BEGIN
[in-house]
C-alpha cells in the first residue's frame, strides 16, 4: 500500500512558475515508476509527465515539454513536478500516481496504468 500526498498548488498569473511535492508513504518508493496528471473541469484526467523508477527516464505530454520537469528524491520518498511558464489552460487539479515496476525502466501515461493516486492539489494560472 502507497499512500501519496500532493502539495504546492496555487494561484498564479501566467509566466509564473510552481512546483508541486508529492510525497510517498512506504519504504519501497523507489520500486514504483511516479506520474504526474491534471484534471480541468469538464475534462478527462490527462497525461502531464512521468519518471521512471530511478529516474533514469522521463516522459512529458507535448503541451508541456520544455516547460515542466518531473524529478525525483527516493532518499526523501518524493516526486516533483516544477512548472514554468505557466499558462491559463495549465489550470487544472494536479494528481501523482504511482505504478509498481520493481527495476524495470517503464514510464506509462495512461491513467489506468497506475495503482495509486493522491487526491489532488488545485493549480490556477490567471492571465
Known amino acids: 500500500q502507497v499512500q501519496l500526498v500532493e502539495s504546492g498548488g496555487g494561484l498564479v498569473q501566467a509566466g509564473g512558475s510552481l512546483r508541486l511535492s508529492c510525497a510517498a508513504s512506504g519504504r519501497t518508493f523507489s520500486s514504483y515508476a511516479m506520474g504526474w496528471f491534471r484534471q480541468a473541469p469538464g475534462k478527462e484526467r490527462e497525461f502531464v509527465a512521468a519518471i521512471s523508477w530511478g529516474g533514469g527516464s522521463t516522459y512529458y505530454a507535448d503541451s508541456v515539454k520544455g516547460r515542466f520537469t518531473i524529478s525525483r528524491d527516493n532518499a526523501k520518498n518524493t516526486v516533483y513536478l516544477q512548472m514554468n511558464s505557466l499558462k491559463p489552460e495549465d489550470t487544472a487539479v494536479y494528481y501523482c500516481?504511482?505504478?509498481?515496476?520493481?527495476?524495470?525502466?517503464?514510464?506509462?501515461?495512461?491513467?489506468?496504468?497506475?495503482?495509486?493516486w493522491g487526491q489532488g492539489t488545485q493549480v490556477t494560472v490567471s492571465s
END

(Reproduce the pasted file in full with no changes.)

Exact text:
[in-house]
C-alpha cells in the first residue's frame, strides 16, 4: 500500500512558475515508476509527465515539454513536478500516481496504468 500526498498548488498569473511535492508513504518508493496528471473541469484526467523508477527516464505530454520537469528524491520518498511558464489552460487539479515496476525502466501515461493516486492539489494560472 502507497499512500501519496500532493502539495504546492496555487494561484498564479501566467509566466509564473510552481512546483508541486508529492510525497510517498512506504519504504519501497523507489520500486514504483511516479506520474504526474491534471484534471480541468469538464475534462478527462490527462497525461502531464512521468519518471521512471530511478529516474533514469522521463516522459512529458507535448503541451508541456520544455516547460515542466518531473524529478525525483527516493532518499526523501518524493516526486516533483516544477512548472514554468505557466499558462491559463495549465489550470487544472494536479494528481501523482504511482505504478509498481520493481527495476524495470517503464514510464506509462495512461491513467489506468497506475495503482495509486493522491487526491489532488488545485493549480490556477490567471492571465
Known amino acids: 500500500q502507497v499512500q501519496l500526498v500532493e502539495s504546492g498548488g496555487g494561484l498564479v498569473q501566467a509566466g509564473g512558475s510552481l512546483r508541486l511535492s508529492c510525497a510517498a508513504s512506504g519504504r519501497t518508493f523507489s520500486s514504483y515508476a511516479m506520474g504526474w496528471f491534471r484534471q480541468a473541469p469538464g475534462k478527462e484526467r490527462e497525461f502531464v509527465a512521468a519518471i521512471s523508477w530511478g529516474g533514469g527516464s522521463t516522459y512529458y505530454a507535448d503541451s508541456v515539454k520544455g516547460r515542466f520537469t518531473i524529478s525525483r528524491d527516493n532518499a526523501k520518498n518524493t516526486v516533483y513536478l516544477q512548472m514554468n511558464s505557466l499558462k491559463p489552460e495549465d489550470t487544472a487539479v494536479y494528481y501523482c500516481?504511482?505504478?509498481?515496476?520493481?527495476?524495470?525502466?517503464?514510464?506509462?501515461?495512461?491513467?489506468?496504468?497506475?495503482?495509486?493516486w493522491g487526491q489532488g492539489t488545485q493549480v490556477t494560472v490567471s492571465s